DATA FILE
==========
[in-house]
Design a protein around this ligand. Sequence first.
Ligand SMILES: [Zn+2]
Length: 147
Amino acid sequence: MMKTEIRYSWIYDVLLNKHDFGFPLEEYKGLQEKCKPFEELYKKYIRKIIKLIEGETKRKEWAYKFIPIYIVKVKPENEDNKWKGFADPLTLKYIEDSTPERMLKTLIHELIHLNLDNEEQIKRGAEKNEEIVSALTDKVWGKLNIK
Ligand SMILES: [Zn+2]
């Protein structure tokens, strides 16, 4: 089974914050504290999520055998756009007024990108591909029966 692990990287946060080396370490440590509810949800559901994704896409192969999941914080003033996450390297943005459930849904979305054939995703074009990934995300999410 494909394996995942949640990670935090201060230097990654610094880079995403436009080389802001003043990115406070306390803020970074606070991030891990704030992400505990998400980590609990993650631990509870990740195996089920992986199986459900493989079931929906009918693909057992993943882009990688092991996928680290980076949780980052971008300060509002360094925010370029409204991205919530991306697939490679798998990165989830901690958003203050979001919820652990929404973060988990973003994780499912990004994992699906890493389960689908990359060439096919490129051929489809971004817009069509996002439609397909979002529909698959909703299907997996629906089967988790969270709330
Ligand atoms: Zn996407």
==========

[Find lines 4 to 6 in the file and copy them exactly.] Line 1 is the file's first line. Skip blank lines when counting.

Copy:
Length: 147
Amino acid sequence: MMKTEIRYSWIYDVLLNKHDFGFPLEEYKGLQEKCKPFEELYKKYIRKIIKLIEGETKRKEWAYKFIPIYIVKVKPENEDNKWKGFADPLTLKYIEDSTPERMLKTLIHELIHLNLDNEEQIKRGAEKNEEIVSALTDKVWGKLNIK
Ligand SMILES: [Zn+2]